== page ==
Navigating the alternative justice systems to secure women’s rights to land in Kisumu
The role of the Alternative Justice System in protecting land and property rights of vulnerable groups
In Kenya women's rights to own, inherit, manage, and dispose of property are under constant threat by customs and individuals, including unscrupulous duty bearers who believe that women do not deserve, and cannot be trusted with marital land and property. groups.
The devastating effects of property rights violations including poverty, disease, violence, and homelessness harm women, their children, and Kenya's overall development. Women's property rights violations are not only discriminatory, but they also pose greater development risks. Working within the county of Kisumu, the Civil Society Organisations Network - which is one of the CSO grantees receiving access to justice funding - comes across cases where poor women are targeted.
Often because of their status as widows, women have to fight for access and control of family land almost always immediately after the death of their husbands. Under such circumstances, they are vulnerable to other family members or community members who want their land. In some cases, family members secretly alter the title deeds denying them ownership of their marital property. Such cases are commonplace within the dominant patriarchal culture, despite very progressive land laws that offer greater tenure security to women and girls. Ms. Mary Achieng’ Obala (name changed) is one widow who has been receiving legal support from the CSO Network. The 86-year-old widow was denied access to her family land upon the death of both her husband and her eldest son. She was removed from her home, which she shared with her three nephews. and her piece of land was hurriedly sold to an unsuspecting buyer who claimed the land with support from the local administration officials. Mary sought refuge from her only surviving daughter, Alma (name changed), who in turn sought support from the CSO Network. Alma was able to approach. the CSO Network after listening to one of the radio programmes hosted by a local station. The show had brought together a legal expert and a member from the Luo Council of elders.
The focus of the discussion was on the role of the AJS in protecting land and property rights of vulnerable groups. Alma commented that she had reported to the village elder, who referred her to the area chief. Both the village elder and the area chief confirmed that the land had been sold to a ‘new owner’. She sought protection from the local administrative office but was convinced that there was collusion between the local administrators and the buyer.
The chief once instructed her to leave his office and even threatened her from stepping back into the village. The CSO Network filed the matter with the Luo Council of Elders for local dispute resolution.
A sitting was constituted with three members of the council from the sub-county in question and were tasked to do a thorough background check and review the history of land tapping into its own intricate network of village elders. The elders were able to locate Mary, who at this time was unable to walk, and she quickly provided them with first-hand information on her claims to the contested piece of land.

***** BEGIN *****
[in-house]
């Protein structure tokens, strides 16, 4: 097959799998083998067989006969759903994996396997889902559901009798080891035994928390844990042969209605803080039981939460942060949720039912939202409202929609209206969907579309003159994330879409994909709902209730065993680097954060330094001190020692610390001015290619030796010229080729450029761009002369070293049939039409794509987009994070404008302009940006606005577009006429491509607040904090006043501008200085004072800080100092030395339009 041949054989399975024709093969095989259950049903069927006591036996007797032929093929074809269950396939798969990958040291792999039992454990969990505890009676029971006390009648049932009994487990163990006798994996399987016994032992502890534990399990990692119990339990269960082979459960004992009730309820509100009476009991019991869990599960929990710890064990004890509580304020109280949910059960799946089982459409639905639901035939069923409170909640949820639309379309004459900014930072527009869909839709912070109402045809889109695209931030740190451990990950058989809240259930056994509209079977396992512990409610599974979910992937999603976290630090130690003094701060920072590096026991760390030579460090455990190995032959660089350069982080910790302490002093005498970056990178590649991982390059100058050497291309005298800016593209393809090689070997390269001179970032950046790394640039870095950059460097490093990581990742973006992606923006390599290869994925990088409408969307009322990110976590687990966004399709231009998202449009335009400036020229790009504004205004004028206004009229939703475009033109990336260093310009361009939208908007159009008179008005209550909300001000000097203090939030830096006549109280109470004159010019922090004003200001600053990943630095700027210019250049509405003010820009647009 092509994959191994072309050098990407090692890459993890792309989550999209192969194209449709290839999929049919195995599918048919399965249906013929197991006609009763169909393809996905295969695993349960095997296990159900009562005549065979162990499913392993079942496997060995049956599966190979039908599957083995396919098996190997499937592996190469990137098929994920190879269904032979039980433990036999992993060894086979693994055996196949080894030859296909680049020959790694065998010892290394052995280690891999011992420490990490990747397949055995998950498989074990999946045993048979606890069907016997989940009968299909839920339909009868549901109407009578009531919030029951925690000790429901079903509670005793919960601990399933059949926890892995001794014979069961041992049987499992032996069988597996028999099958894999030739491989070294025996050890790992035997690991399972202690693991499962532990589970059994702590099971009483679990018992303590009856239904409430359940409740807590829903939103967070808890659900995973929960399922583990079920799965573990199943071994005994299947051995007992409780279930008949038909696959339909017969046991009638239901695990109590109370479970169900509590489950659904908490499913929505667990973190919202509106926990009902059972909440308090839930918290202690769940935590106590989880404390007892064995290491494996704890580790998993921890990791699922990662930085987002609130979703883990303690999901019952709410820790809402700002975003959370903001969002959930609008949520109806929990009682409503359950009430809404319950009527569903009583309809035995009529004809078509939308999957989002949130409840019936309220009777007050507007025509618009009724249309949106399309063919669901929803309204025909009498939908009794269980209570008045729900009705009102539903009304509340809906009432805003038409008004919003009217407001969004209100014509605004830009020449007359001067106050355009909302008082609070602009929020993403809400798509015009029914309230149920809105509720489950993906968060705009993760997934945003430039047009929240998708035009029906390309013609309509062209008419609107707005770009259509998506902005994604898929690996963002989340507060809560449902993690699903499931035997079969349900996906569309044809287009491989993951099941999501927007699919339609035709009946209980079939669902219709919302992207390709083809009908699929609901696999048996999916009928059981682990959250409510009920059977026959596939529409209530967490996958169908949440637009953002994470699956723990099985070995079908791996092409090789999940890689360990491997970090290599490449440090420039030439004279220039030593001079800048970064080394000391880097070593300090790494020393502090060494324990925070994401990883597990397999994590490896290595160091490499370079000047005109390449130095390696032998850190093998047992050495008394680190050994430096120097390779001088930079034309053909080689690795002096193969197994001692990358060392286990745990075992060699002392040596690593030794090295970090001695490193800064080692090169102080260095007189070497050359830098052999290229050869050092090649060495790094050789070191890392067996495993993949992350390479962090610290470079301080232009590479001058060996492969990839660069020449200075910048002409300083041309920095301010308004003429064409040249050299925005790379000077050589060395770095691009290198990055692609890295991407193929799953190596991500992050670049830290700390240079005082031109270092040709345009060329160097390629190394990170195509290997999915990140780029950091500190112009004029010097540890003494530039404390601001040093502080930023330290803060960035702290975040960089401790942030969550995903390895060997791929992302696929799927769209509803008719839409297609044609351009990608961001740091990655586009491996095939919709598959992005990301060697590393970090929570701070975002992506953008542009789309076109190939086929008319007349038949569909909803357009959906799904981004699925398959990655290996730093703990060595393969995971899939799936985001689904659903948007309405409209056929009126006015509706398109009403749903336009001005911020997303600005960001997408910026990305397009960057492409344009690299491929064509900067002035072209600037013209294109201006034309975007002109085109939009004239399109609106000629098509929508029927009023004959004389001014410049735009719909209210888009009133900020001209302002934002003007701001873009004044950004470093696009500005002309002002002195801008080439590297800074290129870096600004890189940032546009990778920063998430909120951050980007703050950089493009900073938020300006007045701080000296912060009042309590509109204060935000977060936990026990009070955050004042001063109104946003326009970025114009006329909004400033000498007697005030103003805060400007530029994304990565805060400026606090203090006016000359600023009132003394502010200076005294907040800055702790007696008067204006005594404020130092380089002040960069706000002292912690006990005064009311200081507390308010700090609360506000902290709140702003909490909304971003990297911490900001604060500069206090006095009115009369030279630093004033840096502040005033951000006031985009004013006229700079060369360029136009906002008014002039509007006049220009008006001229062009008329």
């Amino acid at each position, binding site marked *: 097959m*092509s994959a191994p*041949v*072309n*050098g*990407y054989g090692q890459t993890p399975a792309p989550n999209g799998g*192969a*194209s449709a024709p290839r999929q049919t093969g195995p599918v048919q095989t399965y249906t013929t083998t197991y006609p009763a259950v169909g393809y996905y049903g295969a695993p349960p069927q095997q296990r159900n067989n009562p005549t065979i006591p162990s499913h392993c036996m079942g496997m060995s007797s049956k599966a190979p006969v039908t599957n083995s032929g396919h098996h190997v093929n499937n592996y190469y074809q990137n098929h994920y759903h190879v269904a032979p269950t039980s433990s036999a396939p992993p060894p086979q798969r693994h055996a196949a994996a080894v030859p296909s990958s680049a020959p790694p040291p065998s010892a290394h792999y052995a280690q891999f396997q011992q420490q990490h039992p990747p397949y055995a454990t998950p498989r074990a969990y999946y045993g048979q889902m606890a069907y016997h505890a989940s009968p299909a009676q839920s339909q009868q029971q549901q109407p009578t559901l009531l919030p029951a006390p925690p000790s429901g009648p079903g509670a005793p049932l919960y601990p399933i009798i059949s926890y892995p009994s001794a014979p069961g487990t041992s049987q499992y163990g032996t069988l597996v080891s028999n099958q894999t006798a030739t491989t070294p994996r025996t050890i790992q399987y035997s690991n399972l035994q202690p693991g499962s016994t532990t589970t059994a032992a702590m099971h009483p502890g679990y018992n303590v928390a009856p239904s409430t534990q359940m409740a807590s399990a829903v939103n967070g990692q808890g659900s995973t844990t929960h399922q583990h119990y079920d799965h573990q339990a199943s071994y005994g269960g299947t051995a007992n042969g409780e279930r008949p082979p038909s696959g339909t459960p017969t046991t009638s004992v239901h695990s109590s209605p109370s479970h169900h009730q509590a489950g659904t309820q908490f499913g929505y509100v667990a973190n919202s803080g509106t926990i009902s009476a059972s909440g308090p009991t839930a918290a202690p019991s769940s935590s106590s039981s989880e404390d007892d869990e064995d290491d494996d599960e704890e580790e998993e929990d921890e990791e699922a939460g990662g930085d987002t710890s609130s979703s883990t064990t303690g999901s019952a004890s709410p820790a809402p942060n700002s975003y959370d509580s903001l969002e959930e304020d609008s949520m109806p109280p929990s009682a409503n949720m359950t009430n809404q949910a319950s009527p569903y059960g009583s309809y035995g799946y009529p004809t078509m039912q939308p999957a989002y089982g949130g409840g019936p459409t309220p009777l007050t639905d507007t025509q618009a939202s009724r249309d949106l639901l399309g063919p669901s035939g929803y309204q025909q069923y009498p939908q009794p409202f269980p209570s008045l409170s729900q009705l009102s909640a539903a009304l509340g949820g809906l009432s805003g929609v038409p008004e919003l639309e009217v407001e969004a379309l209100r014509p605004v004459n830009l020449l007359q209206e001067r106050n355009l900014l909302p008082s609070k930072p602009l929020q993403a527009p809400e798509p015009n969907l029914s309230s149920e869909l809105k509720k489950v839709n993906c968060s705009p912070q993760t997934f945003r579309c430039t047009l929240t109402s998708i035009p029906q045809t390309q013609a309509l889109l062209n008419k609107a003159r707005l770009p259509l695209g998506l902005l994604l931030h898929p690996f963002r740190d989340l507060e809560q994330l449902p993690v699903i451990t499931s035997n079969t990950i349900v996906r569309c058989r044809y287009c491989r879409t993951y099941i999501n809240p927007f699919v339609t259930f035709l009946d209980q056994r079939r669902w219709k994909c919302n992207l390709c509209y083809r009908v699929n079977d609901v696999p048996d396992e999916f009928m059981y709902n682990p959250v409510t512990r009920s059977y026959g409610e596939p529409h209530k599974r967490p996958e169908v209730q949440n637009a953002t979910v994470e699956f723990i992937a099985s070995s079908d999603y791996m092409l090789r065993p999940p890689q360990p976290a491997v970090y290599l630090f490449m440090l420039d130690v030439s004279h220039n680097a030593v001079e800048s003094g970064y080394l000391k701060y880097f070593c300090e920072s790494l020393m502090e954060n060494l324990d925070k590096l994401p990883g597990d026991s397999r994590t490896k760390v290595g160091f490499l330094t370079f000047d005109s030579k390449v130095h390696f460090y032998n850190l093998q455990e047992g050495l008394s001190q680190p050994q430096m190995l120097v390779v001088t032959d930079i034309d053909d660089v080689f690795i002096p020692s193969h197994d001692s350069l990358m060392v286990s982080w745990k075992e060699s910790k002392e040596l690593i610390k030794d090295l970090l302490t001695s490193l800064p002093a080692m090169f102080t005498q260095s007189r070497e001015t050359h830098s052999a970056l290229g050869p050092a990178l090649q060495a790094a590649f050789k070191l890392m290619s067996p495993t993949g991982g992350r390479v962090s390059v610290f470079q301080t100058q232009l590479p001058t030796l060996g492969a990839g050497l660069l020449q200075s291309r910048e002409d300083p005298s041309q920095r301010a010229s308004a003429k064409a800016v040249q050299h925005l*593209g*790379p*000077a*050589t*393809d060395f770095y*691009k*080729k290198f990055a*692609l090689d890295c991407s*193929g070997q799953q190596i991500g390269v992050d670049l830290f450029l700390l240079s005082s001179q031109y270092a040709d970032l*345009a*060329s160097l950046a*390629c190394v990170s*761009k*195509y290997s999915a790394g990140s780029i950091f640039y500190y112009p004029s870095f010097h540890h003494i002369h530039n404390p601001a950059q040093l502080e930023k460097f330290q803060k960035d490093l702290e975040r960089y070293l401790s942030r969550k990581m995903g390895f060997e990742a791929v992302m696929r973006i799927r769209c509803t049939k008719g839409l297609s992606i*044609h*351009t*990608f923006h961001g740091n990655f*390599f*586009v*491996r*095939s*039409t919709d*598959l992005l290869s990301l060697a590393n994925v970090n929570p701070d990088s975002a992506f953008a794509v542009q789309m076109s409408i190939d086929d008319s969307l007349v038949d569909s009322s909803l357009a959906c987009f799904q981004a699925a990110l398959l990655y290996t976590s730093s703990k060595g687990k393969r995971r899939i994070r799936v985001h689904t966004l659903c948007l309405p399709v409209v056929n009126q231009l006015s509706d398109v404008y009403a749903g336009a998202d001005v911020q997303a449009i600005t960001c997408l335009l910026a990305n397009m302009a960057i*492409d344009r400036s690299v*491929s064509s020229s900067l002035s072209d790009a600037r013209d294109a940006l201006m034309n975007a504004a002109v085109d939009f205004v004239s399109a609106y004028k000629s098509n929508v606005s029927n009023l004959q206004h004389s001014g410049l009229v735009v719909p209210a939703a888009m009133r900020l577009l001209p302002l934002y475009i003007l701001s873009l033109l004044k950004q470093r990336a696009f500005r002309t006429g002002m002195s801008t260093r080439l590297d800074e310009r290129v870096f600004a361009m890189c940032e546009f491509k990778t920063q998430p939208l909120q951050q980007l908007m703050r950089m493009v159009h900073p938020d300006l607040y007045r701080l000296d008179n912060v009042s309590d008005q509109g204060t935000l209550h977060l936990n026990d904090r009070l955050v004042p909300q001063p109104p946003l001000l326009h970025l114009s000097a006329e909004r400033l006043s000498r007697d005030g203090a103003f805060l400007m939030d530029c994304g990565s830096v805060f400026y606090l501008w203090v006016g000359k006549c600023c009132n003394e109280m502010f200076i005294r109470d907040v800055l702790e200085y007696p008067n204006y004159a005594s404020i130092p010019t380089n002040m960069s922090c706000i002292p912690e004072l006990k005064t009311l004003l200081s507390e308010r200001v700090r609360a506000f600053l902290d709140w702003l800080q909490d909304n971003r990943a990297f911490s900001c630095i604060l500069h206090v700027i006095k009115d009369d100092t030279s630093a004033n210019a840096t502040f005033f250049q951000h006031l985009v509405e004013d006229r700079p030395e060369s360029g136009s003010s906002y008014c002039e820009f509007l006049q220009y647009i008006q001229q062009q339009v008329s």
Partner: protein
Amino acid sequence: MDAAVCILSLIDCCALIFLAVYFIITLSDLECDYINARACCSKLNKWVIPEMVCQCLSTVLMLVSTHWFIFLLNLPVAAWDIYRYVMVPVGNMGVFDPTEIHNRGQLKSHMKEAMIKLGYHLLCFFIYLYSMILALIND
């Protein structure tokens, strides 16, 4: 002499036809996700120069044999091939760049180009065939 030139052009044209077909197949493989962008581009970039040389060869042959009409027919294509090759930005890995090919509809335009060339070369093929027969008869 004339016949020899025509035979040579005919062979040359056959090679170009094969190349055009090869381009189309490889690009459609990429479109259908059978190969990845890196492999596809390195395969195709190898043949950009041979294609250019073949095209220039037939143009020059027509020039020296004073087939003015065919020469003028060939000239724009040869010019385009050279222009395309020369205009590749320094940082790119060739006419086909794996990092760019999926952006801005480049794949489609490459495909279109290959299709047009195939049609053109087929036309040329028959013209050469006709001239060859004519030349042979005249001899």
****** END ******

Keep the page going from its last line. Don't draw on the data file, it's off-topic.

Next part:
The PLEAD CSO was also able to facilitate a community dialogue chaired by ‘Ker’, the head of the Council of Elders with his team also present. The dialogue was organised to enhance communal buy-in for alternative dispute resolutions but also to bring the affected family together, including the nephews, daughter, and the brother-in-law.
From the testimonies adduced, the meeting established that the land was irregularly sold, and that Mary was indeed the rightful owner of the piece of land. Armed with the resolutions, the CSO Network was able to facilitate the chair of Luo Council of Elders’ and his team to accompany Mary and her daughter to the office of the land registrar in Kisumu where additional facts on the ownership were established.
The registrar was able to summon the ‘buyer’ and documentation was reviewed with all parties present. The registrar recalled the ‘irregular’ deed processed by the buyer and was able to process a title deed for Mary affirming her tenure claim to the contested piece of land. This win was instrumental for setting the agenda of the AJS in Kisumu county, and enhancing trust in the informal justice system, particularly in the new policy environment with the launch of the new Alternative Justice Systems Baseline Policy.
The CSO Network is one of the CSO grantees supported by the Programme for Legal Empowerment and Aid Delivery in Kenya (PLEAD) with financial support from the European Union, and UNDP in Kenya through its civil society facility, the Amkeni Wakenya Project. Currently in its second year of implementation, the CSO Network is furthering the Making Rights a Reality project in the greater county of Kisumu.
The project is keen on finalizing the standard operating procedures for alternative dispute resolutions as animated by the Alternative Justice Systems in Kisumu. Additionally, the project also provides pro bono assistance and legal literacy to the large proportion of poor people in the county. In addition, the project provides improved partnership working with the formal justice system and the AJS and the judicial officers to ensure enforcement of AJS resolutions, and continuous capacity building in the areas of gender sensitivity and response for the AJS.